Method Summary

Nan Xiao (Seven Bridges) , Soner Koc (Seven Bridges) , Kaushik Ghose (Seven Bridges)

Table of Contents


Numerous signal detection methods have been proposed in the past decades for pharmacovigilance monitoring in large databases. These methods often produce a ranked list of detected signals (anomalies) warranting further investigations. However, there is still a lack of a holistic view and integration of the results from these approaches. Here, we developed a new signal detection method that can ensemble the vaccine safety signals detected from any signal detection methods, and generate an aggregated list of top signals based on distance metric optimization. Our method can potentially enhance the weak signals from individual methods and, at the same time, reduce the number of false-positive signals discovered by chance.

A flow diagram of our method:

Base signal detectors and signal rankers

We included four mainstream signal detection methods that have already been applied in real-world pharmacovigilance monitoring by regulatory agencies globally. These methods (or metrics) are:

As expected, the signal detection results from these methods are somehow similar (in terms of high-ranking vaccine-adverse event pairs), but different in the ranking details. We used the implementations available from the R packages openEBGM (Canida and Ihrie 2017) and PhViD (Ahmed et al. 2010).

Rank aggregation for ensembled safety signal detection

To aggregate the ranked safety signal lists detected by the multiple methods above, we model it as an optimization problem:

\[ \delta^* = \arg \min \sum_{i=1}^{m} d(\delta, L_i) \]

where \(\sigma\) is an “ideal” ranked aggregated safety signal list of length \(k = |L_i|\), \(d\) is a distance function that can measure the distance between rankings (Spearman footrule distance here), and \(L_i\) is the ranked list of detected signals generated by each base method. The idea is to find a \(\delta^*\) that minimizes the total distance between \(\delta\) and \(L_i\).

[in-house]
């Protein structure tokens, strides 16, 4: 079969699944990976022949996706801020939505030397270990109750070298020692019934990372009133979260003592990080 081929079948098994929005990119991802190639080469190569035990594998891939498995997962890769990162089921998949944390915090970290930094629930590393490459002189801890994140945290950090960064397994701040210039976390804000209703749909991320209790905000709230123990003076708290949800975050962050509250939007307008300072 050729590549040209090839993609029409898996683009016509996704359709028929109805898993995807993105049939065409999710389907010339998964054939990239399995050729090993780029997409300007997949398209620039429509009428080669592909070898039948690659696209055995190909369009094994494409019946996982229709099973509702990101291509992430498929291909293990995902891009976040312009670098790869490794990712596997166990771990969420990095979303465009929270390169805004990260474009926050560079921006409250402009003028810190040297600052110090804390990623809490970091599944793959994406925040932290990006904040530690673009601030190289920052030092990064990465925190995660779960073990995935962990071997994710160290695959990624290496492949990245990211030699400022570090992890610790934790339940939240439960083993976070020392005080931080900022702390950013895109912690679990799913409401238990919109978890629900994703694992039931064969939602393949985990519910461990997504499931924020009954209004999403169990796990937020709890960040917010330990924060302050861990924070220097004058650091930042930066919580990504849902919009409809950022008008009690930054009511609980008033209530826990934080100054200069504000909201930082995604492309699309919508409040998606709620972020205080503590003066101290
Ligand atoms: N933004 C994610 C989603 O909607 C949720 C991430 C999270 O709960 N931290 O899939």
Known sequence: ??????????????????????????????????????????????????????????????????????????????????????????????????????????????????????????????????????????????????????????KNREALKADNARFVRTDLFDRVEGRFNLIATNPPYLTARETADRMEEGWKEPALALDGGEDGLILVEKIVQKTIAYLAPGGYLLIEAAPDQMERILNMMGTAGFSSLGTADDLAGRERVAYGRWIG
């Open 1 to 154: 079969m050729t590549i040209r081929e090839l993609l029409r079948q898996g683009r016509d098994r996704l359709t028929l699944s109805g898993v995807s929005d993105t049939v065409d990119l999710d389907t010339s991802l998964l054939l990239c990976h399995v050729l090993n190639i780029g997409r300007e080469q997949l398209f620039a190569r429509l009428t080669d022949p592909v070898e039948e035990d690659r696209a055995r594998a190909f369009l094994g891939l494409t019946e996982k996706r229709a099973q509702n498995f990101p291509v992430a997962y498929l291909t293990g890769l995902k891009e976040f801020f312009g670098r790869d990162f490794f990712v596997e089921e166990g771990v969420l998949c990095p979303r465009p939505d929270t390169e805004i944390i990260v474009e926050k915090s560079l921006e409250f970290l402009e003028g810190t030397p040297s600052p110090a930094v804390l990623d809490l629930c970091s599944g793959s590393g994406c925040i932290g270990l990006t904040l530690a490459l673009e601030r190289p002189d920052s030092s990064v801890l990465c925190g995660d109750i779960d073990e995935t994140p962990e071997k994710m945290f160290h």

A similar rank aggregation problem also exists in gene list prioritization for high-throughput data analysis, where a number of ordered genes lists discovered by statistical tests are aggregated. The R package RankAggreg (Pihur, Datta, and Datta 2007) was repurposed to solve the same optimization problem here.


The raw data used in this solution is downloaded from the VAERS database, covering 30 years (1990-2019) of domestic vaccine adverse event reports in the United States. The raw data is then cleaned up and transformed into an analyzable format. About 3.44 million vaccine-adverse event pairs are extracted and included in the analysis.

Code and website

We created a companion website detailing our approach, analysis pipeline, and findings in this challenge. The site is accessible from: All code available on GitHub:


Besides the potential health-impacting signals, a considerable proportion of our findings in the top-ranked vaccine-adverse event pair list indicate a possibility to improve the vaccine administration process or to improve vaccine product labeling, and guiding the improvement of the upstream reporting data quality and the data ingestion procedures.

This solution also verifies the concept that by harnessing the power of open data and high-quality open source data analysis software, we can quickly develop new analytical approaches and flexible pipelines for extracting new insights from public health information, and present both of the process and the results to the community, thus increase computational transparency and reproducibility.

Ahmed, I, C Dalmasso, F Haramburu, F Thiessard, P Broët, and P Tubert-Bitter. 2010. “False Discovery Rate Estimation for Frequentist Pharmacovigilance Signal Detection Methods.” Biometrics 66 (1): 301–9.

Canida, Travis, and John Ihrie. 2017. “OpenEBGM: An R Implementation of the Gamma-Poisson Shrinker Data Mining Model.” The R Journal 9 (2): 499–519.

Pihur, Vasyl, Susmita Datta, and Somnath Datta. 2007. “Weighted Rank Aggregation of Cluster Validation Measures: A Monte Carlo Cross-Entropy Approach.” Bioinformatics 23 (13): 1607–15.


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